More than 100 people are missing two days after a 6.4-magnitude earthquake killed at least 38 in southern Taiwan, while three people were rescued alive, authorities said Monday.
Li Zong-dian, who was found by search teams on Sunday, was rescued Monday morning after being trapped for 55 hours, the state-run Central News Agency reported.
Li was immediately sent to hospital to have his lower left leg amputated.
"Mr Li was found under steel beams. When I talked to Mr Li, he remained conscious," Tainan Mayor Lai Ching-te told reporters.
A woman, Tsao Wei-ling, was also rescued Monday morning, and an 8-year-old girl surnamed Lin was rescued in the afternoon, SET TV reported.
More than 530 people were injured in Tainan City during the quake and more than 100 people are still missing, according to figures from the Central Emergency Operation Centre.
The quake struck southern Taiwan at 3:57 am Saturday (1957 GMT Friday).
Most of the missing were in a 17-storey apartment building that collapsed in the city's Yungkang district.
Search efforts continued at the site Monday, but rescue crews had difficulty reaching people trapped inside, local media reported.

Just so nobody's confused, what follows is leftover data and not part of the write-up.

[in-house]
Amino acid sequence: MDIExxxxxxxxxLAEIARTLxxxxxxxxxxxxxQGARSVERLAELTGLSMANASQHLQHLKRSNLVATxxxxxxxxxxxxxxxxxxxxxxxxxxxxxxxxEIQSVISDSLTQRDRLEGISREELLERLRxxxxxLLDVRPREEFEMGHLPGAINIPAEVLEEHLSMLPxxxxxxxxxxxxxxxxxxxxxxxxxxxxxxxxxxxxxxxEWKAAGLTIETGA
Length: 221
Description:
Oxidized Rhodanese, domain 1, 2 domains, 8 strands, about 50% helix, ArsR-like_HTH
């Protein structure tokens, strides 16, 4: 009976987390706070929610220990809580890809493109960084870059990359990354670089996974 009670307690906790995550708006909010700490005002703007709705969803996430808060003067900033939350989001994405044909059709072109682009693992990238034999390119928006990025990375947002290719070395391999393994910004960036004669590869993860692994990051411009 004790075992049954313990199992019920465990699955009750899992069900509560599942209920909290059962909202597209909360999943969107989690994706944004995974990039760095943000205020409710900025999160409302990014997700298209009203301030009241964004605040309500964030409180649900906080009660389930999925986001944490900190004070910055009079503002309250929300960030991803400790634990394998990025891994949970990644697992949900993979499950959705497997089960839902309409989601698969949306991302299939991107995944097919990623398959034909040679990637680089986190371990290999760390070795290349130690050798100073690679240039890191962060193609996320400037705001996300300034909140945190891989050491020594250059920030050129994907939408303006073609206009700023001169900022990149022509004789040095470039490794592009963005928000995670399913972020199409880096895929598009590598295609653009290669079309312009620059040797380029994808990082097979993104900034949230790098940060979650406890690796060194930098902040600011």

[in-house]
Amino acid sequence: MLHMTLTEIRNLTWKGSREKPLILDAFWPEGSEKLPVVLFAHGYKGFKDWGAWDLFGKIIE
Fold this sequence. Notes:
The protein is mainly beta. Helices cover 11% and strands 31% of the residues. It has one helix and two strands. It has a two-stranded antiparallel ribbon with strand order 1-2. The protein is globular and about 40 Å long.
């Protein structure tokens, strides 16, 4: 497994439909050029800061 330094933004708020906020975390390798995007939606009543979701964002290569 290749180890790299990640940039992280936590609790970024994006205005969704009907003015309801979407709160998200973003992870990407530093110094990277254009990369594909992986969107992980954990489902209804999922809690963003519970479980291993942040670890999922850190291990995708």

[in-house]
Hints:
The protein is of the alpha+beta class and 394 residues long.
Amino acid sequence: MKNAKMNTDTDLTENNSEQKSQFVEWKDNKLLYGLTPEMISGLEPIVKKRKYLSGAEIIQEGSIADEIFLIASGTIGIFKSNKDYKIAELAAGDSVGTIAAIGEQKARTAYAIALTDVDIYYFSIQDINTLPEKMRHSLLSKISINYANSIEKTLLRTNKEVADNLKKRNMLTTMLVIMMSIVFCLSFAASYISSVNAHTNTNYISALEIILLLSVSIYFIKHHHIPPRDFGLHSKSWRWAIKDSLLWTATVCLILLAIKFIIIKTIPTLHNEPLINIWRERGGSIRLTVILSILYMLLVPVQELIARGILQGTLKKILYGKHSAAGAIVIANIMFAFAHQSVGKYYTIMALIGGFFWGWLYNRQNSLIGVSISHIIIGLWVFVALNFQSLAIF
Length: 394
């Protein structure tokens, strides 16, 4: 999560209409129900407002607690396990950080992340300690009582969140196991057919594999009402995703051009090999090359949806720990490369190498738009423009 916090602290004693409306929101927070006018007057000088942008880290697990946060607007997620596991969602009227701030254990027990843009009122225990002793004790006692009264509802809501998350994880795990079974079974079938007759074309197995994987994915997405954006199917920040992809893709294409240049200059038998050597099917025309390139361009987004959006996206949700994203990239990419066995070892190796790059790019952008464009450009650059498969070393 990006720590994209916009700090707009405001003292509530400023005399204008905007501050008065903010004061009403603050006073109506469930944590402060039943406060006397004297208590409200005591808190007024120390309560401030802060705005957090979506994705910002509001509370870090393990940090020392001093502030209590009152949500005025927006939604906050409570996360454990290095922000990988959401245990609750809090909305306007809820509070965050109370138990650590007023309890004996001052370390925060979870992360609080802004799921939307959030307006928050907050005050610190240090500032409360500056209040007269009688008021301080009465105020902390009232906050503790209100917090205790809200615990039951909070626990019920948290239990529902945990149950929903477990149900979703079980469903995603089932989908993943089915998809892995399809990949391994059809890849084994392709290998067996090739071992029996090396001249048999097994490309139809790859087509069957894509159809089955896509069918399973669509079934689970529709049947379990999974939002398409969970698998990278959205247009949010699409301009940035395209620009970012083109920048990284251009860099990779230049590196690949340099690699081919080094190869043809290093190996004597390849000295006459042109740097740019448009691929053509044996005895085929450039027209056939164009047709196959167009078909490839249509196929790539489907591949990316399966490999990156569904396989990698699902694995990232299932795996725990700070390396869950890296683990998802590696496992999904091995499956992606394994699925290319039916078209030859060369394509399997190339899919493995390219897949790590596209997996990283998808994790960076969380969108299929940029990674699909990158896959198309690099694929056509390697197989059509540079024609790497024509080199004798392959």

Tainan Mayor Lai Ching-te said the death toll could exceed 100 as many people remained trapped in the collapsed building, CNA reported.
President-elect Tsai Ing-wen, who will be sworn in on May 20, visited some of the injured on Monday, the first day of the new lunar year.
"This has been a very sombre Lunar New Year," Tsai was quoted as saying by CNA.
Tsai said the future government’s priorities include reviewing the safety of buildings nationwide and coming up with urban renewal projects.
Authorities suspect shoddy construction could explain why the building did not withstand the earthquake, and they have launched an investigation.
In September 1999, Taiwan was hit by a magnitude-7.3 earthquake, which left more than 2,400 people dead.